Another Miss

Things werent so embarrassing the other time I had to shoot a real missed approach. I was inbound to the Raleigh-Durham area from the southeast, flogging a Skyhawk. The whole east coast was going down the tubes and ATC was busy. I had a passenger wanting to be dropped at Chapel Hill, N.C.s, Horace Williams Airport. I and another passenger planned to top the tanks and go on to the D.C. area that night. This was several years ago, before the Chapel Hill airport gained published approach procedures. At the time, the only approach was an old-fashioned airport surveillance radar (ASR) procedure, with an MDA of 600 feet agl.

Soon, I was working with the local Tracon, who briefed me that their ASR approach called for inbound aircraft to approach from either the east or the west. From which direction did I want to approach the destination, I was asked.

It didnt take long for me to answer. Although approaching from the east for Runway 27 would have meant the shortest distance and least amount of flying to get to the airport, I knew the weather already was at or below the approachs minimums; there was a real possibility of missing. The controllers question really was more along the lines of, “Where do you want to be pointed when you miss this approach and where are going to go?”

In a Skyhawk, of course, one has plenty of time to plan. I already had listened to the ATIS at nearby Raleigh-Durham International (RDU) and knew they were landing Runways 5L and 5R, but the ceiling was dropping fairly quickly. As I recall it was already below 300 feet, headed for Category I minima of 200 feet, and the visibility was around a mile. I was confident in my abilities, as well as the airplane, so I wasnt worried about the low IFR. I really wanted to get my passenger into Chapel Hill, although I had briefed her on the situation and she accepted the likelihood wed probably have to go into RDU.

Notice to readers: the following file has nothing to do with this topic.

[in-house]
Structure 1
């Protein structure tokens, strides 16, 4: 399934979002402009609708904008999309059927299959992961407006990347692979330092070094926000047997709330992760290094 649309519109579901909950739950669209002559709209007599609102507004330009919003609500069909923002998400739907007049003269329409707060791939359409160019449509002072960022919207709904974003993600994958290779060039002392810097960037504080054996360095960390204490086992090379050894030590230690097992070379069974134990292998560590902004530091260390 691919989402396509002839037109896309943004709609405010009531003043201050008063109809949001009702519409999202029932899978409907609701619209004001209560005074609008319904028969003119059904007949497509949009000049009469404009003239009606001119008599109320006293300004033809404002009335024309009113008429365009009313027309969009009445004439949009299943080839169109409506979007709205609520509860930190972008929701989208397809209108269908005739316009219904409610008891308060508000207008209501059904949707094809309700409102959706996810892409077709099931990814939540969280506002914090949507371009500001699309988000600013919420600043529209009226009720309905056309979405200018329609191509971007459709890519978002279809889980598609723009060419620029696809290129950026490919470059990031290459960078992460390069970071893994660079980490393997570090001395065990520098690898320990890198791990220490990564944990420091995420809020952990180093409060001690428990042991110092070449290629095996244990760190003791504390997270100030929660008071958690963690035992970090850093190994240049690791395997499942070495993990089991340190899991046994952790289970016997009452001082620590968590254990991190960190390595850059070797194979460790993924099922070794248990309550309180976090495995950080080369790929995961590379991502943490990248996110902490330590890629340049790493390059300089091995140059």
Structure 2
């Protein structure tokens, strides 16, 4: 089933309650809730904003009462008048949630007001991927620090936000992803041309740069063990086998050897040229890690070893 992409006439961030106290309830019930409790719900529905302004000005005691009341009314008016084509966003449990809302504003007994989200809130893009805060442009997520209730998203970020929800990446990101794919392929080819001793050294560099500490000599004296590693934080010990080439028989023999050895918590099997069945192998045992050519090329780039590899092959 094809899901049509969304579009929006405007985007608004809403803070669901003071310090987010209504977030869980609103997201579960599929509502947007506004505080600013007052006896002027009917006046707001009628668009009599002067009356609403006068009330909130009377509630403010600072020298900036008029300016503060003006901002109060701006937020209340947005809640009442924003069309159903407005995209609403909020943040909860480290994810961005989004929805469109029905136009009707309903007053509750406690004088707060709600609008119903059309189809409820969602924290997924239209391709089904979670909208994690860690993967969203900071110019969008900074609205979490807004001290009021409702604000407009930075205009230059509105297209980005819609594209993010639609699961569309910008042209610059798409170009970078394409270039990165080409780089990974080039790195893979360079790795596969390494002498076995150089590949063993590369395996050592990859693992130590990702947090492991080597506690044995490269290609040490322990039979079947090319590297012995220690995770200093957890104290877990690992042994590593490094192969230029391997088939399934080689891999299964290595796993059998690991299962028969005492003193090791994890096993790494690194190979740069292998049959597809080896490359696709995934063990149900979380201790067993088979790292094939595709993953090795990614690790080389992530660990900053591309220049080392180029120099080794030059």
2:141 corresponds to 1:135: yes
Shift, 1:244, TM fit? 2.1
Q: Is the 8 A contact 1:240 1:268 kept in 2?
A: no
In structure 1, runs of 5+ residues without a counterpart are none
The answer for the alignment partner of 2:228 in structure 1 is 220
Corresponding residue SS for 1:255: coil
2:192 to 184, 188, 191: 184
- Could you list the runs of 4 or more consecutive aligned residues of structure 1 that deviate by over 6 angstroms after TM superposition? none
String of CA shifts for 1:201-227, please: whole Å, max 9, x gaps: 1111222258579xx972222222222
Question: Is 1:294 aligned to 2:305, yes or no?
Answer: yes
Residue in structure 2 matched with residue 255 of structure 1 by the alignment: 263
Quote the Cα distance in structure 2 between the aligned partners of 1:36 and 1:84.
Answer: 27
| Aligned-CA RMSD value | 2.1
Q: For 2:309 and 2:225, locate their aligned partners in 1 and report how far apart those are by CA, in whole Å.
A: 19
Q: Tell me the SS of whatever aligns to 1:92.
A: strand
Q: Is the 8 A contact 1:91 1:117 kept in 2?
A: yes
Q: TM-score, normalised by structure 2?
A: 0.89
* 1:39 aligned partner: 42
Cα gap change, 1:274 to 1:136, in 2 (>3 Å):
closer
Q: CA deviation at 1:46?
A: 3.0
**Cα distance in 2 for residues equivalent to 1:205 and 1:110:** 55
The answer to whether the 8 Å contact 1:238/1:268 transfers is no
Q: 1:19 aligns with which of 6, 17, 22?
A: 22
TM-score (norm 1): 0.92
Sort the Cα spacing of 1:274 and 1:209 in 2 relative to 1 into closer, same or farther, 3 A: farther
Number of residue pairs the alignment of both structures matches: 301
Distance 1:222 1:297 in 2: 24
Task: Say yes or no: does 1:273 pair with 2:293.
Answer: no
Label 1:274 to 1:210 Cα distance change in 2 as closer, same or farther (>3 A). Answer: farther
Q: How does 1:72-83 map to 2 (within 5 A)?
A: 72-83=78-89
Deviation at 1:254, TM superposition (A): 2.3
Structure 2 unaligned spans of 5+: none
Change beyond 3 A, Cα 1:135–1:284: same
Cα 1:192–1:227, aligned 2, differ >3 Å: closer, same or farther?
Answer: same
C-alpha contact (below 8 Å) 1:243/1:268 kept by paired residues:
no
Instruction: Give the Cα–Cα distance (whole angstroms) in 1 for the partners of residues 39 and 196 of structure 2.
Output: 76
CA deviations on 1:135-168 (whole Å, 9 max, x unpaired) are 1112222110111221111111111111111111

Approach Lights


Thankfully, I recognized the controllers question for what it was and told ATC I wanted to approach from the west, aimed at Chapel Hills Runway 9. If I missed, I told him, Id be requesting vectors for the ILS into RDU. He thought that was a grand idea.

Sure enough, after descending to the ASR procedures MDA, there was nothing at all to see. As the controller called the airport at 12 oclock and less than a mile, I added power for the climb and called the miss. I was greeted with clearance for a climb and vectors for the ILS Runway 5R at RDU, for which I had already pulled out the plate and tuned the radios. Again, the ensuing approach and landing were uneventful. The passenger found a ride and bid us farewell, while the rest of us held out hope of getting fuel and bugging out.

Did I mention the whole east coast was down the tubes? We ended up spending the night. While I was ready and willing to launch into the low IFR at RDU and slog through it all the way back to the D.C. area, there was no legal alternate within the Skyhawks range. And there was a good chance I would need one.

The next morning turned out to be a fine time for flying, though.

One More

It wasnt really a missed approach, but it was a diversion. I was trying to get into Oshkosh in 2003, during AirVenture. A buddy and I had launched earlier that morning from HEF, flying non-stop to the Ripon area. We were planning to get in ahead of the airport closure for the afternoons airshow.

Unfortunately, we arrived at about the same time as a major thunderstorm. The controllers at Fisk were directing everyone into holding at Rush Lake, so we orbited the lake in loose formation with a dozen or so very close friends. After a couple of circuits, however, the controllers announced the field was closing for the thunderstorm and would remain closed until after the airshow, some three hours later.